Still, the risks of not being circumcised are rare. The risks also can be lowered with proper care of the penis.

Your healthcare professional may recommend that you delay circumcision for your baby or not have it done if your baby:

  • Has a condition that affects how blood clots.
  • Was born early and still needs medical care in the hospital nursery.
  • Was born with conditions that affect the penis.

Circumcision doesn't affect a child's ability to have a baby in the future. And in general, it's not thought to lessen or improve sexual pleasure for men or their partners.


The most common risks of circumcision are bleeding and infection. With bleeding, it's typical to see a few drops of blood from the surgical wound. Bleeding often stops on its own or with a few minutes of gentle direct pressure. Worse bleeding needs to be checked by a healthcare professional. Side effects related to anesthesia can happen as well.

Rarely, circumcision may cause foreskin problems. For example:

  • The foreskin might be cut too short or too long.
  • The foreskin might not heal properly.
  • The remaining foreskin might reattach to the end of the penis, requiring minor surgical repair.

These risks are lower when the procedure is done by a doctor such as an obstetrician-gynecologist, a urologist or a pediatrician. The risks also are lower when the circumcision is done in a medical setting, such the hospital nursery or doctor's office. If the procedure occurs elsewhere for religious or cultural reasons, the person who does the circumcision should be experienced. This person should be well trained in how to do circumcisions, ease pain and prevent infection.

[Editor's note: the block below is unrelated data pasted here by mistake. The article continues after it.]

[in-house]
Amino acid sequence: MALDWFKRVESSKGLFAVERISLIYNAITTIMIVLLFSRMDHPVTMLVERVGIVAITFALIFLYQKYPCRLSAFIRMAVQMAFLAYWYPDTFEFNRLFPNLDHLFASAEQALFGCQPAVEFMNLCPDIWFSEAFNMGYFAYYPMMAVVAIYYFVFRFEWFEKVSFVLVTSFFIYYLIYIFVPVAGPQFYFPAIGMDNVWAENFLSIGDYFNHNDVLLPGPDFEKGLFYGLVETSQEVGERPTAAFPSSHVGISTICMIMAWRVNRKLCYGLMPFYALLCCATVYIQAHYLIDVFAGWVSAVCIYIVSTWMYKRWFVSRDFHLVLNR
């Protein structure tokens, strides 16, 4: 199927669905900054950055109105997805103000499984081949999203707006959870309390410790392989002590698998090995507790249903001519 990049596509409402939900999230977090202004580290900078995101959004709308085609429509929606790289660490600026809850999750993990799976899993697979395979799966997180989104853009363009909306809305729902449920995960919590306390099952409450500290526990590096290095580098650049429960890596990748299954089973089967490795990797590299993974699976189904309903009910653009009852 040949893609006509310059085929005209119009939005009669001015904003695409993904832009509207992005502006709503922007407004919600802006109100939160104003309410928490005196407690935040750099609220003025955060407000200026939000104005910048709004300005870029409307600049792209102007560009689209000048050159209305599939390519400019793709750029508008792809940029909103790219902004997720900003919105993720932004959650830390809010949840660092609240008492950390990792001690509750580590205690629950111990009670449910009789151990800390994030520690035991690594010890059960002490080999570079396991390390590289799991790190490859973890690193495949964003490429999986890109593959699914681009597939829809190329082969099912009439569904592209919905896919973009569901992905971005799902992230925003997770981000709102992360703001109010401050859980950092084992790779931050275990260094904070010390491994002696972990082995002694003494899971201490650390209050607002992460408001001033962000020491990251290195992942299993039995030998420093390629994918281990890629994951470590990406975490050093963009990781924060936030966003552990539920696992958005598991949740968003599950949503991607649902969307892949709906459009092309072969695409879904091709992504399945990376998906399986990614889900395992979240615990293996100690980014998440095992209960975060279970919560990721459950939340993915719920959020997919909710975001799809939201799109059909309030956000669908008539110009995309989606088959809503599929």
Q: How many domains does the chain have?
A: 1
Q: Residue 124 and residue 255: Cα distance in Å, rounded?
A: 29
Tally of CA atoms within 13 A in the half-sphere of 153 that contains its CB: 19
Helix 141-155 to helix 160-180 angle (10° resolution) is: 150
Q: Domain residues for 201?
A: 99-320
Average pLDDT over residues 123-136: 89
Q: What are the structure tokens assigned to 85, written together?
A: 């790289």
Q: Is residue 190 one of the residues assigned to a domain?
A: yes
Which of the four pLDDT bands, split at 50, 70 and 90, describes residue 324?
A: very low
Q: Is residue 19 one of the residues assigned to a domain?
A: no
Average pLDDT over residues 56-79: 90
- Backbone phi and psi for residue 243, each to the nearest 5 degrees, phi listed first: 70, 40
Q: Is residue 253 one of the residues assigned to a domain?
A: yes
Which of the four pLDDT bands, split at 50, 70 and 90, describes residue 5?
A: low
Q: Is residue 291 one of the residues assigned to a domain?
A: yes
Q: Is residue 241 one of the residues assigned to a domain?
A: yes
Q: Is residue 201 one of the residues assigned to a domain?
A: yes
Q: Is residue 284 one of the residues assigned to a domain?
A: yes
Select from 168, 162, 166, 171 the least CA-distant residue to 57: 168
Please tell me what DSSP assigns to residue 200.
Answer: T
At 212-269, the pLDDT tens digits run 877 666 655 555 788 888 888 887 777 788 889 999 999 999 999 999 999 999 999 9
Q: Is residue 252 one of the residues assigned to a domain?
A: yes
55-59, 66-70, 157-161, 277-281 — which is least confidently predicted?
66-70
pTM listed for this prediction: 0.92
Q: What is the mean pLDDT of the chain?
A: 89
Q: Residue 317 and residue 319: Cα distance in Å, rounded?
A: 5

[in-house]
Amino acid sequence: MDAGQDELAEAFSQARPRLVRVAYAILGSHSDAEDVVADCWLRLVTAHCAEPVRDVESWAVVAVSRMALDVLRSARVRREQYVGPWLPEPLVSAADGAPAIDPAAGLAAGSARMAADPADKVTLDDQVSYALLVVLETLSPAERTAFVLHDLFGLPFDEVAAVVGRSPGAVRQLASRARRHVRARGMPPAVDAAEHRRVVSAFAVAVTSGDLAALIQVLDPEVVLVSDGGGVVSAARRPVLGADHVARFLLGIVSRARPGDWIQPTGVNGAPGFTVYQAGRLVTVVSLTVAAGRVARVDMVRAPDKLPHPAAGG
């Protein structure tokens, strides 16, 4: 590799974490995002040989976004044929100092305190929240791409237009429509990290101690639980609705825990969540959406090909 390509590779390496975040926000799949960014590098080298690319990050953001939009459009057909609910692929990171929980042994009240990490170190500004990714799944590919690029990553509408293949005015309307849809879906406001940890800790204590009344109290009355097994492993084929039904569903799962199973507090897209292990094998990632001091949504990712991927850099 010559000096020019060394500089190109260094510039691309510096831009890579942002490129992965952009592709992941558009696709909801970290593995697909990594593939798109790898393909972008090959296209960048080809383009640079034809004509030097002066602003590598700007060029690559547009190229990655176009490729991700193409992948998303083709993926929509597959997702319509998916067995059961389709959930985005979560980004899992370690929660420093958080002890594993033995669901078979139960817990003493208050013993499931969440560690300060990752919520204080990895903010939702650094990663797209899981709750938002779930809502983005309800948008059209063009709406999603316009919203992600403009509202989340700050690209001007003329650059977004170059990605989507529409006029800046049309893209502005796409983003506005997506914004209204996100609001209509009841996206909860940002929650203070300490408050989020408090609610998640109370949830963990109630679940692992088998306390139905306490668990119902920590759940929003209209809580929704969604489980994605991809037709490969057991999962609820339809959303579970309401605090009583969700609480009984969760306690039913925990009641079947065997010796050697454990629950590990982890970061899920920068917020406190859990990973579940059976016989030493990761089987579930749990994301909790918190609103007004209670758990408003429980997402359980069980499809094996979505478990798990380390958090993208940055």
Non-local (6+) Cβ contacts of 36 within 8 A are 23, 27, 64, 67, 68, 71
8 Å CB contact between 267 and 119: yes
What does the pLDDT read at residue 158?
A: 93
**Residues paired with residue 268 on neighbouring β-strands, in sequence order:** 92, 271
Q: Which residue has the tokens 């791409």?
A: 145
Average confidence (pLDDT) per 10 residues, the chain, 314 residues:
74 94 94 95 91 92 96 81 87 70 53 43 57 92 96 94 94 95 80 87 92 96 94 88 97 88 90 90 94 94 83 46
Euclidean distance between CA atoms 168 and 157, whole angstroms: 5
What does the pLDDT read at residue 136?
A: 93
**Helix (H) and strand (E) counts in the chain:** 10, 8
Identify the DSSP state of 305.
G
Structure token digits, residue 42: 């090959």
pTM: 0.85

How you prepare

Before a circumcision, your healthcare professional talks with you about the risks and benefits of the procedure. Ask what type of pain relief medicine will be used. Whether the circumcision is for you or your child, you'll likely need to provide written consent for the procedure.

What you can expect

During the procedure

Newborn circumcision often is done in the hospital nursery, usually within the first few days after birth.